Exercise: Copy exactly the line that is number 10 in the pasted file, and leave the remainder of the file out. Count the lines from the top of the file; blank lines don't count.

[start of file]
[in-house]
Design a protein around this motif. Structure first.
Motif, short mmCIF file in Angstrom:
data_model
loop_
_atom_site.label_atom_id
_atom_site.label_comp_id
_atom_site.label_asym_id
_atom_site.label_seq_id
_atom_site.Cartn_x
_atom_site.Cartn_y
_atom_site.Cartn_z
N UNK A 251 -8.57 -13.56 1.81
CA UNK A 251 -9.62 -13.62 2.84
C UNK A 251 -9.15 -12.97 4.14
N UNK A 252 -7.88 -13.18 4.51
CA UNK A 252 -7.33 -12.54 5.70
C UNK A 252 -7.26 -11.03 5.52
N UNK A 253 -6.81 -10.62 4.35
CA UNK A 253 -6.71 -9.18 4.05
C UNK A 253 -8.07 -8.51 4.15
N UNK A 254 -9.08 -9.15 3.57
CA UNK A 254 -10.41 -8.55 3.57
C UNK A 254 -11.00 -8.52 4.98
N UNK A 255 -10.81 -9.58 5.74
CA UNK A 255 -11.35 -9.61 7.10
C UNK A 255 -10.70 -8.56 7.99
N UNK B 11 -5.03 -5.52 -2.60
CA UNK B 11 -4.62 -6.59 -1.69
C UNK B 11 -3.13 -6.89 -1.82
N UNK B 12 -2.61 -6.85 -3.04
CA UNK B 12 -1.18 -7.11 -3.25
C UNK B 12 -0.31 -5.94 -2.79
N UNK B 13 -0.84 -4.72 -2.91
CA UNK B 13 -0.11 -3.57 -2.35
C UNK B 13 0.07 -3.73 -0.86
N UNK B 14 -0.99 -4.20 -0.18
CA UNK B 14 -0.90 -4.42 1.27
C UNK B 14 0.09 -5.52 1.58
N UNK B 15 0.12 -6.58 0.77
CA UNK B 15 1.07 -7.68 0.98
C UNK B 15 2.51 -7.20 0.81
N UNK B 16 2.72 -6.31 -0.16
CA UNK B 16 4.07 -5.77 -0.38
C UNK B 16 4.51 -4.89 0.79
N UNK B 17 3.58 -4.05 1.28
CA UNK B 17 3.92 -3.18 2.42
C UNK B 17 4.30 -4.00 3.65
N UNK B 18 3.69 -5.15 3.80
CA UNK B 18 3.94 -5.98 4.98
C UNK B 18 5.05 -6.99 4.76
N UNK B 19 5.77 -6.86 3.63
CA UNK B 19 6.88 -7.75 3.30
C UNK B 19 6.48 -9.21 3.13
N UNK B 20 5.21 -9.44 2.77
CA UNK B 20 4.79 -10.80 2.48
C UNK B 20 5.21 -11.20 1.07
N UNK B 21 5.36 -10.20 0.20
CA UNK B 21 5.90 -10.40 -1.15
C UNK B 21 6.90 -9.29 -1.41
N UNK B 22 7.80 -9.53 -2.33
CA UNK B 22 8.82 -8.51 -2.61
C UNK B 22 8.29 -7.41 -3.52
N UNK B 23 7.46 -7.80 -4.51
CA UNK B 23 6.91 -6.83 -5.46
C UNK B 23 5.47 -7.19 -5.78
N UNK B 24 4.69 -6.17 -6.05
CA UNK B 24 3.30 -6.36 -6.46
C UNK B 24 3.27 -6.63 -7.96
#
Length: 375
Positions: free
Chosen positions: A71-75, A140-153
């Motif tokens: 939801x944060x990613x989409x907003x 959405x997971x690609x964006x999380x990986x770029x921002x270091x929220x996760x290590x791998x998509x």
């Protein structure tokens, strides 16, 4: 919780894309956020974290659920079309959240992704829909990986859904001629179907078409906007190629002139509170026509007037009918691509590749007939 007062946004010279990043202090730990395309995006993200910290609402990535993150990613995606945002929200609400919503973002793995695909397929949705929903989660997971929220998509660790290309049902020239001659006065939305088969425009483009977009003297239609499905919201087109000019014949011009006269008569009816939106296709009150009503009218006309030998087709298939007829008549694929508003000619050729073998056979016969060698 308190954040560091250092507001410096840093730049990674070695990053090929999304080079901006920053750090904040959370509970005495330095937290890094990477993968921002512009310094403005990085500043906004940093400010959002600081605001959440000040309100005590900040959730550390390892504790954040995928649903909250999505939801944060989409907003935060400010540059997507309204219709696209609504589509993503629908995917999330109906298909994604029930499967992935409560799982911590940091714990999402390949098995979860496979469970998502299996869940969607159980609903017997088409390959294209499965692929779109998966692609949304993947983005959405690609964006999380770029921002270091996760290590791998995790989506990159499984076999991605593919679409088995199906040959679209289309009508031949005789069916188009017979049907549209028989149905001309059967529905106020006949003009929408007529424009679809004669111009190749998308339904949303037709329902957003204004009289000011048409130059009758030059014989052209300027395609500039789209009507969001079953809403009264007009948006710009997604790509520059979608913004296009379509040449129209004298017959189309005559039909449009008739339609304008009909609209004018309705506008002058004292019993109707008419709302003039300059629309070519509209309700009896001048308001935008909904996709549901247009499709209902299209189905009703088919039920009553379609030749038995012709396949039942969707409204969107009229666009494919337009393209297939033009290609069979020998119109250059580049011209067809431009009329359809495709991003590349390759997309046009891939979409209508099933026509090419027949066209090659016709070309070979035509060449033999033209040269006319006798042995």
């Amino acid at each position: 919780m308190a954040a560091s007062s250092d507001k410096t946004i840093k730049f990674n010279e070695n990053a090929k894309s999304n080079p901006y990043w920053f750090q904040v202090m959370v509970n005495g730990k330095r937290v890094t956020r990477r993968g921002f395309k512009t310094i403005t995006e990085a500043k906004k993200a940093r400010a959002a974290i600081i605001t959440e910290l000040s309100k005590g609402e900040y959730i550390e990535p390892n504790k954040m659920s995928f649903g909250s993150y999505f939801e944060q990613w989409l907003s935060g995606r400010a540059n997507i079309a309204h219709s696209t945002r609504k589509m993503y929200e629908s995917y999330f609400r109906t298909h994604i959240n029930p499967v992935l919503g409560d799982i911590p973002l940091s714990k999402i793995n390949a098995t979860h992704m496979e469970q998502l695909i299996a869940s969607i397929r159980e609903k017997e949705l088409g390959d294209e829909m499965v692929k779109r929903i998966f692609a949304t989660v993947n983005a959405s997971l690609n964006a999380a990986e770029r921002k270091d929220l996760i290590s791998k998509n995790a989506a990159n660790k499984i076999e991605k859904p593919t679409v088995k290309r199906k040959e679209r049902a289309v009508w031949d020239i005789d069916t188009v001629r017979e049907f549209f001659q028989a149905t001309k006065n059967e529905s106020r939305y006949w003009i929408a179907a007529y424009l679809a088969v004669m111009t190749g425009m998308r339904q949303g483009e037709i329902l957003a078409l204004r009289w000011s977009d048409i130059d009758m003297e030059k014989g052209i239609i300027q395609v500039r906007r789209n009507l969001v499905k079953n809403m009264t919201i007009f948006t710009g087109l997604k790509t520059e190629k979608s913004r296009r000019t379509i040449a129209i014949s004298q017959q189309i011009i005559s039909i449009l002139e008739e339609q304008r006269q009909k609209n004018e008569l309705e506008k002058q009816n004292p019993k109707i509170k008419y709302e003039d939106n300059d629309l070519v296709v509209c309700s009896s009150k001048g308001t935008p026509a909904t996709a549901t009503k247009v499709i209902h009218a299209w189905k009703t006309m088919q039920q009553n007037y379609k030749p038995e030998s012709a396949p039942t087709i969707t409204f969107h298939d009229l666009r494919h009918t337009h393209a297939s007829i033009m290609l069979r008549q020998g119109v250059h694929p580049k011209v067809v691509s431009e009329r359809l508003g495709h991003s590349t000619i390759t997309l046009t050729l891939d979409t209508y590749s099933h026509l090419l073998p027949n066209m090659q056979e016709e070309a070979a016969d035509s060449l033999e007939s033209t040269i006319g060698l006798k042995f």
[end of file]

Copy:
_atom_site.Cartn_x